With the Facebook IPO just around the corner some people have started wondering if a “Facebook killer” might be lurking in the bushes and the new photo sharing website Pinterest has become the new darling. Well, maybe.
I got a message from an industry watcher today, Kenneth Wisnefski, social media expert and founder / CEO of WebiMax, that said Pinterest was up and coming and a threat to Facebook’s IPO, but I disagree. Here are some bullets from the email and my thoughts.
- I expect Facebook’s stock price will soar in the beginning of the trading session, however once investors look closely at their fundamentals they will realize that Facebook really lacks a solid revenue stream (90% of revenue stems from advertising).
- Facebook’s dependency on advertising revenue in addition to their vulnerability from smaller social media firms, like Pinterest, decreases my confidence in their long-term sustainable growth that we once expected.
- Pinterest’s ease of use makes it more attractive to small businesses and we have already seen small business marketers shift toward using Pinterest and divert away from Facebook. If this is sustained, consumers may gravitate toward Pinterest versus Facebook.
Well, then, here’s what I think.
- Advertising is not necessarily a bad business model. It’s done good things for the likes of Google but as more companies enter the space and become good at the model, the demand for ads will prove to be less elastic than the supply and we will see tightening in the market and a decrease in profitability for the model. Nonetheless, Facebook is early to the party and I believe their SEC filings make the point that they want to diversify so calling the business model a liability at this point is overblown.
- “Vulnerability from smaller social media firms”? This sounds like somebody is trying to repeal the law of gravity. It doesn’t work this way. Certainly markets are open to disruption and certainly small companies disrupt bigger ones. But for disruption to occur the disrupter has to demonstrate superior attributes in a market slightly adjacent to the disruptee. Salesforce disrupted Siebel not in CRM but in the delivery mechanism. I don’t see a sustainable difference between Pinterest and Facebook, especially since Facebook bought Instagram. I think Pinterest will be a niche player in photo sharing.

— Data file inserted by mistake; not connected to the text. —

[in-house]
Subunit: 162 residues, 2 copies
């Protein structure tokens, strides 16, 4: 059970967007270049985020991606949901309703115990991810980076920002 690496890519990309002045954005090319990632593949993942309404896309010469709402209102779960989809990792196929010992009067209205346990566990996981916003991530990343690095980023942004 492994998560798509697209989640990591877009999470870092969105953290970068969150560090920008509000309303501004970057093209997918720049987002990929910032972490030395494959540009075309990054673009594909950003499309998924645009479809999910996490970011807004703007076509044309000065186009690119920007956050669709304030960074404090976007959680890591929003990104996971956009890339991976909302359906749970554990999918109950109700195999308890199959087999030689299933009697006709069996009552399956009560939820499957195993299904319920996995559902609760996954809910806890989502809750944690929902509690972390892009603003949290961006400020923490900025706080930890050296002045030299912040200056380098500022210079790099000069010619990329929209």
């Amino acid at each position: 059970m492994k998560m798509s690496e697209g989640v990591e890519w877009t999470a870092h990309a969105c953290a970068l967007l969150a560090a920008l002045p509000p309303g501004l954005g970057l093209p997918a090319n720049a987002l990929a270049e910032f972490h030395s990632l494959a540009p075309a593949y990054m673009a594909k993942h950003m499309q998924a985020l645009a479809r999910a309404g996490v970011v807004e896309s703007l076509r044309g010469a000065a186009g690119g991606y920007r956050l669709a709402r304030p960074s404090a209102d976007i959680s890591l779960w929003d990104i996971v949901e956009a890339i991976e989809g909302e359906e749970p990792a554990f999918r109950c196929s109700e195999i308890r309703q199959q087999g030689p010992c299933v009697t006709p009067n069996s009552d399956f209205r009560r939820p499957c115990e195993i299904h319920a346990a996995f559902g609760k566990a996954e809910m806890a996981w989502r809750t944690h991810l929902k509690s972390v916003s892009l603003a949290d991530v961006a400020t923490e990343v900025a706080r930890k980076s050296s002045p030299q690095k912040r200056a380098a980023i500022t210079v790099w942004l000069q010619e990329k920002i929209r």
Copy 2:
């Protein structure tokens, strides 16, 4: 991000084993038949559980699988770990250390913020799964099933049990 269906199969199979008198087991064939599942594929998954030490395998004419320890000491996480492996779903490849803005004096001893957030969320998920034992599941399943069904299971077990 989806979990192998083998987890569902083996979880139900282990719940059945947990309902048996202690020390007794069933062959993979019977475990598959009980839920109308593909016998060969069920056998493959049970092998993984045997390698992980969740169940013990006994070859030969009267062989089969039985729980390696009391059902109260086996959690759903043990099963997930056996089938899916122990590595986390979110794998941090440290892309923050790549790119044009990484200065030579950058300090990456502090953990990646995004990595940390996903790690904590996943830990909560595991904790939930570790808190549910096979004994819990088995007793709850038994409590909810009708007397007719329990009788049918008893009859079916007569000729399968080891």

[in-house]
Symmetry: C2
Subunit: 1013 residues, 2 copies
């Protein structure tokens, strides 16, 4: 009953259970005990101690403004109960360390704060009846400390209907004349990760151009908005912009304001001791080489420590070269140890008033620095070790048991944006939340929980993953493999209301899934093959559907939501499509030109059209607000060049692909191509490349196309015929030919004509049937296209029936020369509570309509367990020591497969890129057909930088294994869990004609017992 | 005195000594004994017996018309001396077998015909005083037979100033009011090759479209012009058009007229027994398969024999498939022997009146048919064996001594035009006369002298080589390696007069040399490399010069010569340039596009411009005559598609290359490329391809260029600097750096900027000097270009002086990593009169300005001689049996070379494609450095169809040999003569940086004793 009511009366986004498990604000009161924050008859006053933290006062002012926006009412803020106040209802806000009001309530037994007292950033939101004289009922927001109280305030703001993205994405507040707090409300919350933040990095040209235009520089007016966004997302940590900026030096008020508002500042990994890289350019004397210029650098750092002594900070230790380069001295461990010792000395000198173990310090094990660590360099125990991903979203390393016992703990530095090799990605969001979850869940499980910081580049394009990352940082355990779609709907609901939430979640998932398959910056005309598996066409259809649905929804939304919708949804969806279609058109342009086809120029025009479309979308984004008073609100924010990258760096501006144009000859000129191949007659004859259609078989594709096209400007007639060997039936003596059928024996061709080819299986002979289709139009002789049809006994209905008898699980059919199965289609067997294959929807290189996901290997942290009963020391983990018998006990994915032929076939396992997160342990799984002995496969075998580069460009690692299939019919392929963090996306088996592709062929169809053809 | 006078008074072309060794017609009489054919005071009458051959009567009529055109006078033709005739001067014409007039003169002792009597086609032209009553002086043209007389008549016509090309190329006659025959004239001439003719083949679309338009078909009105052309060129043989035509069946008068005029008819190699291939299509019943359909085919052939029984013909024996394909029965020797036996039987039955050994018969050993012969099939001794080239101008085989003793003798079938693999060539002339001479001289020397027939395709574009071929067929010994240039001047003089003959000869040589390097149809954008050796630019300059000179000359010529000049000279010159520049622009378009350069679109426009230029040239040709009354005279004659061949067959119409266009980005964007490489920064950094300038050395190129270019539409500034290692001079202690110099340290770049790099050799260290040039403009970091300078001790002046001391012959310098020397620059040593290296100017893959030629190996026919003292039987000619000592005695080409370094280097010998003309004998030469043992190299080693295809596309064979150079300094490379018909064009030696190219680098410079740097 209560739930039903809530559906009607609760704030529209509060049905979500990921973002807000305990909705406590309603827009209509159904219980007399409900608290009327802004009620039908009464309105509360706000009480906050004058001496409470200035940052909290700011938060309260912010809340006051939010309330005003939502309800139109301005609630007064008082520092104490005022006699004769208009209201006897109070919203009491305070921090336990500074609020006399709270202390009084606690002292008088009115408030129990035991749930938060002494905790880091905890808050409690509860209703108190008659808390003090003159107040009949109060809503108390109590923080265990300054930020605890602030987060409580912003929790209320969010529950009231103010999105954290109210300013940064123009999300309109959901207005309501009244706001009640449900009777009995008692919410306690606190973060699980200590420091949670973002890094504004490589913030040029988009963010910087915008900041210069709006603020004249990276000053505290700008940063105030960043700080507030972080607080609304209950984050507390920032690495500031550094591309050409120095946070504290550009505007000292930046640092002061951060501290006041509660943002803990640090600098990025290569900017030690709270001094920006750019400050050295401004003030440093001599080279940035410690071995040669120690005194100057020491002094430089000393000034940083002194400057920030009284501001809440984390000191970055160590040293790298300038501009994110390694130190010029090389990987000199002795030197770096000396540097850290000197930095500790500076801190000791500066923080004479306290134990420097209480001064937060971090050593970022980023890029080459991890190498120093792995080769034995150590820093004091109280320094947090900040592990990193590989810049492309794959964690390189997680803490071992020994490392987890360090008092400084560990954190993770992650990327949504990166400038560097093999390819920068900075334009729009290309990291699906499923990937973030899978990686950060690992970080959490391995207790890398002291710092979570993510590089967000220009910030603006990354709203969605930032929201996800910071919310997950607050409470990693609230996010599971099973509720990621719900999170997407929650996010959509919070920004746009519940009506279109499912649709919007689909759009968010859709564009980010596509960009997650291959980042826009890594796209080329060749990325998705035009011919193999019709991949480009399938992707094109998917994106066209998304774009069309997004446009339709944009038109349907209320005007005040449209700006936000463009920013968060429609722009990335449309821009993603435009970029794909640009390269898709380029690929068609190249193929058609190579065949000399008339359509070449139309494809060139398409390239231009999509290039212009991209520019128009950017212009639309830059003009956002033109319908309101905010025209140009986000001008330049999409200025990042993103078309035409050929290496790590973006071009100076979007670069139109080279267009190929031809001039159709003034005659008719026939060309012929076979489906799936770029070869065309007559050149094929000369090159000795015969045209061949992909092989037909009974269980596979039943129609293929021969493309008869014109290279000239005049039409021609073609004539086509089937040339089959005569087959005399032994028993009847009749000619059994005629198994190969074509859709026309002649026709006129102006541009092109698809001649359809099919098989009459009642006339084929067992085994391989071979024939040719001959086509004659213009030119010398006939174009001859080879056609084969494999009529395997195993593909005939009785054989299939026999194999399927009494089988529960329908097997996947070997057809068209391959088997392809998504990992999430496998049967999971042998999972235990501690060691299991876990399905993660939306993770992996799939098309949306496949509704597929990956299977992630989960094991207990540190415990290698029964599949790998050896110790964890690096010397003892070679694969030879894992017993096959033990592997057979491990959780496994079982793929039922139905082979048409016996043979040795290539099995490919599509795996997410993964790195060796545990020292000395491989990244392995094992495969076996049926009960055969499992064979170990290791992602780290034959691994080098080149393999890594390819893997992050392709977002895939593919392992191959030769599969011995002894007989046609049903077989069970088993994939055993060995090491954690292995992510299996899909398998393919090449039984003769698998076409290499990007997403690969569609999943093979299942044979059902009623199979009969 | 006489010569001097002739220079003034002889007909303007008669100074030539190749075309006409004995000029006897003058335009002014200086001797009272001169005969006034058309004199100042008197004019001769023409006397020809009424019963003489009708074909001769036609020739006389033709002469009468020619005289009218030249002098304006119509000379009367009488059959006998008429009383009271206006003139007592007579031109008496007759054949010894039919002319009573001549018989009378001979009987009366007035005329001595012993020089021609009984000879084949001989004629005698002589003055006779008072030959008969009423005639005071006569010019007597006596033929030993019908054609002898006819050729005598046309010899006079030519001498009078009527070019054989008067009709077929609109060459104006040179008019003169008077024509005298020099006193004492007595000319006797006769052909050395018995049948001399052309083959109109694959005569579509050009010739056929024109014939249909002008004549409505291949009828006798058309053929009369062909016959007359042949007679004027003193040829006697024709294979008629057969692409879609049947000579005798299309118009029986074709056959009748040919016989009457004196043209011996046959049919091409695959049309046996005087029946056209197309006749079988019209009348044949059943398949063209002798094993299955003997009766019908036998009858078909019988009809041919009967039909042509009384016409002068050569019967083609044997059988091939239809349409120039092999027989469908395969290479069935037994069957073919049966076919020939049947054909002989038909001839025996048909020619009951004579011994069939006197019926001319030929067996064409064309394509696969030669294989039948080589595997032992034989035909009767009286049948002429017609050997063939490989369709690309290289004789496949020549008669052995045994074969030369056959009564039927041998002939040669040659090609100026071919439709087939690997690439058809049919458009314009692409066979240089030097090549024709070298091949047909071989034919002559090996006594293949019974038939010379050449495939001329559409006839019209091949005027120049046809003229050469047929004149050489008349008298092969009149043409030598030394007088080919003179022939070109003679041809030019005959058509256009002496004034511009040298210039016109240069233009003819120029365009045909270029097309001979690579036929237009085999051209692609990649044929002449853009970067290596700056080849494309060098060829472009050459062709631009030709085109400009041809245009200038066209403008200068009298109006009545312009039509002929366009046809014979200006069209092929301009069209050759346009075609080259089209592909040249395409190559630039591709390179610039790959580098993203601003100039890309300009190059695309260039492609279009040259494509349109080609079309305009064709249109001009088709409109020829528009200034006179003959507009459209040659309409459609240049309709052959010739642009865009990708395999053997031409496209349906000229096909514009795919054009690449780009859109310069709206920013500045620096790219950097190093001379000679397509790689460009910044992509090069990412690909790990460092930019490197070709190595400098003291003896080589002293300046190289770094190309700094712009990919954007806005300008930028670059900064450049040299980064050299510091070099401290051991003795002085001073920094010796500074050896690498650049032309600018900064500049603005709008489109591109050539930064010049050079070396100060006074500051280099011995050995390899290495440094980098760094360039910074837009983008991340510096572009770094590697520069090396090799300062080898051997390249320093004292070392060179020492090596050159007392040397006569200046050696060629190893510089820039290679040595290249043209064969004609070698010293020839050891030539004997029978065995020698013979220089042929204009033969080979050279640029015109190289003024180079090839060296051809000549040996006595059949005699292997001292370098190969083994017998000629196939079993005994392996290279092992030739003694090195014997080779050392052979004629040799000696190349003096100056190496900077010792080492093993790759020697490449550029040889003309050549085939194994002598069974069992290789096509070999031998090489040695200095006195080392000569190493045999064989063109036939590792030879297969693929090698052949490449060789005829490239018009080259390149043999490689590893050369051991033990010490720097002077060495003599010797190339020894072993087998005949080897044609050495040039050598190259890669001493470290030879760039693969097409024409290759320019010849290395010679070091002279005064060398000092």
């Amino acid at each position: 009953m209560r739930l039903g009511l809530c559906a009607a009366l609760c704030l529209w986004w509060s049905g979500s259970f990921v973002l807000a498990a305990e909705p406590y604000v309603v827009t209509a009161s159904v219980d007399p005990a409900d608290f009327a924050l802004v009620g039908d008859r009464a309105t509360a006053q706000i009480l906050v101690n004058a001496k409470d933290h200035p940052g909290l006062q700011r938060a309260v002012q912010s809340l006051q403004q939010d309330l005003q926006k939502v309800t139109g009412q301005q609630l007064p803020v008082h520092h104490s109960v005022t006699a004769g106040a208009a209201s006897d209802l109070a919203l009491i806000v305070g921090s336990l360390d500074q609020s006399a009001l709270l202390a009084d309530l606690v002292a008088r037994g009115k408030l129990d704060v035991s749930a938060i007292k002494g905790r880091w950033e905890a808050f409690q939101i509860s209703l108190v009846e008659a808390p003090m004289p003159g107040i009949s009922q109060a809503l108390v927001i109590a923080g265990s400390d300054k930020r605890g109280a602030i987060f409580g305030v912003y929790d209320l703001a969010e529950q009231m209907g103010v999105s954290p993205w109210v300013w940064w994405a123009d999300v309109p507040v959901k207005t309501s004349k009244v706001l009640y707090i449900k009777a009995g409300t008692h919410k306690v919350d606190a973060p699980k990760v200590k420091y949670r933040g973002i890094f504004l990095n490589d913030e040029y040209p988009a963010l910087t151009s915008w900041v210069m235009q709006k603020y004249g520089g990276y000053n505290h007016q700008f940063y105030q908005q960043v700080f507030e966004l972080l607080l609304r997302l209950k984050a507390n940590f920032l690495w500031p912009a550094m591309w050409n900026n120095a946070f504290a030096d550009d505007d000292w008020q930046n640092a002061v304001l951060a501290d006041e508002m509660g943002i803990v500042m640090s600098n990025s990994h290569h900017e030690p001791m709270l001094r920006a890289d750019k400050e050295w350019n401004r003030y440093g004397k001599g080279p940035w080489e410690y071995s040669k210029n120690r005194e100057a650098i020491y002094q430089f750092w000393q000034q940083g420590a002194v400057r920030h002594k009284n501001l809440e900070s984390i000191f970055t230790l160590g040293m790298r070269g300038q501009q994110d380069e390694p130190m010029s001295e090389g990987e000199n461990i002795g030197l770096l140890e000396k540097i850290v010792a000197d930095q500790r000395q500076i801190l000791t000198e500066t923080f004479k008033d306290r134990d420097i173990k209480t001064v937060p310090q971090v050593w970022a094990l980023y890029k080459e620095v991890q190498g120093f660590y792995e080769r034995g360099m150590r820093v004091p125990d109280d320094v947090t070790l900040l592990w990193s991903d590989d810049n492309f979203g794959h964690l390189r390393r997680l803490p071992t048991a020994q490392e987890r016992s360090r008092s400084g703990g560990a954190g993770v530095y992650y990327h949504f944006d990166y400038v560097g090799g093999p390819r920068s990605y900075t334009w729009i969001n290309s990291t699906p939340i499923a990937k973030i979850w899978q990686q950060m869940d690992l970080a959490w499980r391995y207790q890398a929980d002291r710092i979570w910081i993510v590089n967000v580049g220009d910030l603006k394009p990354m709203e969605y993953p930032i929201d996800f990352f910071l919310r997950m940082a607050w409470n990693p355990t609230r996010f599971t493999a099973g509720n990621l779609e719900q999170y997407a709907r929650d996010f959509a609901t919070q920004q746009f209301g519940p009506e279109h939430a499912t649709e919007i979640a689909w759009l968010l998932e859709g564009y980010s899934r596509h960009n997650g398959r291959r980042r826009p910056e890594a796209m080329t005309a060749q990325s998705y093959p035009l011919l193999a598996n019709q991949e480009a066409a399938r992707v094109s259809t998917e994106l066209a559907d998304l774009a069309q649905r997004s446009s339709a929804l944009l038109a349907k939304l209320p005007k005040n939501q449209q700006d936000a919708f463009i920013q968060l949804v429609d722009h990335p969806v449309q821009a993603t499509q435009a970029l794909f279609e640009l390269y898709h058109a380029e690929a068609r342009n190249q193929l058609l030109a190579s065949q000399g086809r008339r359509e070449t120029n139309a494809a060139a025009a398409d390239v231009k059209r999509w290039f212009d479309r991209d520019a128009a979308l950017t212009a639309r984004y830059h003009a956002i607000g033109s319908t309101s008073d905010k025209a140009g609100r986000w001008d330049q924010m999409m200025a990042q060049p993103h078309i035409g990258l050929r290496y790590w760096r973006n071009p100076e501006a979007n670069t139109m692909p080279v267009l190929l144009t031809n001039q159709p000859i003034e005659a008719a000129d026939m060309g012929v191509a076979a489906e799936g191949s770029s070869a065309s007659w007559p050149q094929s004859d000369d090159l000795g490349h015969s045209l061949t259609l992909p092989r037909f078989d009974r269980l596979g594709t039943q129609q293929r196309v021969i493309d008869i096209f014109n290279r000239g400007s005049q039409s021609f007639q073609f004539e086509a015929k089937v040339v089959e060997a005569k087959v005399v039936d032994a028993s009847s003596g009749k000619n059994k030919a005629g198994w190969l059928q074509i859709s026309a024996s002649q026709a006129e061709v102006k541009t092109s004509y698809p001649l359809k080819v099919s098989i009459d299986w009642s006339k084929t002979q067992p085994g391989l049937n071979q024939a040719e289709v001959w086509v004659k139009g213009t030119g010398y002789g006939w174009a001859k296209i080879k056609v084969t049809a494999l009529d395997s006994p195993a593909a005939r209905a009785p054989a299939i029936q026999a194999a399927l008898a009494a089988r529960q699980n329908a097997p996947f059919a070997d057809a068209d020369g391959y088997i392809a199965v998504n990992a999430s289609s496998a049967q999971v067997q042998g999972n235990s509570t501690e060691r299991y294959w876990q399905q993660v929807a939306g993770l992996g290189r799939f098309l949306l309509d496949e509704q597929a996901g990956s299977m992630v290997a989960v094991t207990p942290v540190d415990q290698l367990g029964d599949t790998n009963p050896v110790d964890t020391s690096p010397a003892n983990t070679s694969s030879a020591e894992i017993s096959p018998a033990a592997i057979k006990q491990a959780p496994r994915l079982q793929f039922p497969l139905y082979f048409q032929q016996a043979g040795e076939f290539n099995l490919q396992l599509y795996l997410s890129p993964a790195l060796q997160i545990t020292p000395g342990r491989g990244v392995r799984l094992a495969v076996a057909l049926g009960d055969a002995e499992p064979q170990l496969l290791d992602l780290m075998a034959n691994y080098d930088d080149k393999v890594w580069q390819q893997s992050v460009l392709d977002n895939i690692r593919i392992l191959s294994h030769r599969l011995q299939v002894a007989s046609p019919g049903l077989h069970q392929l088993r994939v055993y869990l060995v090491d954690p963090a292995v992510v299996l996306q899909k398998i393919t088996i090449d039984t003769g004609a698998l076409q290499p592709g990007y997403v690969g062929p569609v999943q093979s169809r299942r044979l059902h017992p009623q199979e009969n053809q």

- Pinterest might have the ease of use thing down simply because there is less of it than there is of Facebook. When Salesforce started out with just four tabs they claimed ease of use and simplicity. But that doesn’t say anything about the richness of the product or the experience.
- There is also the issue of switching costs which most people take into account when they consider going with a rival. Facebook is a network and according to Metcalf’s law, networks are valuable because they have lots of connections. A new network by definition has fewer connections than an established one, which makes switching more problematic. Switching here gets you less not more and for the vast majority, Facebook’s network is a walled garden.
As I look at Pinterest I see a consumer site for sharing photos whereas Facebook has developed from those roots to a budding platform for doing real business and for hosting applications. This platform is what enables Facebook to look toward other revenue forms and what makes it a better business solution. So while Pinterest might very well be better than Facebook in some ways, to say it is superior or that it is a disrupter is to overstate the case. It is a mistake to think that better technology wins the day.
Time after time we see that the company in first and with greater marketing resources is the winner. If you doubt this, check out “The 22 Immutable Laws of Marketing” by Trout and Reiss. It was published in 1994 and while it shows some wear and tear, it still gets this idea right.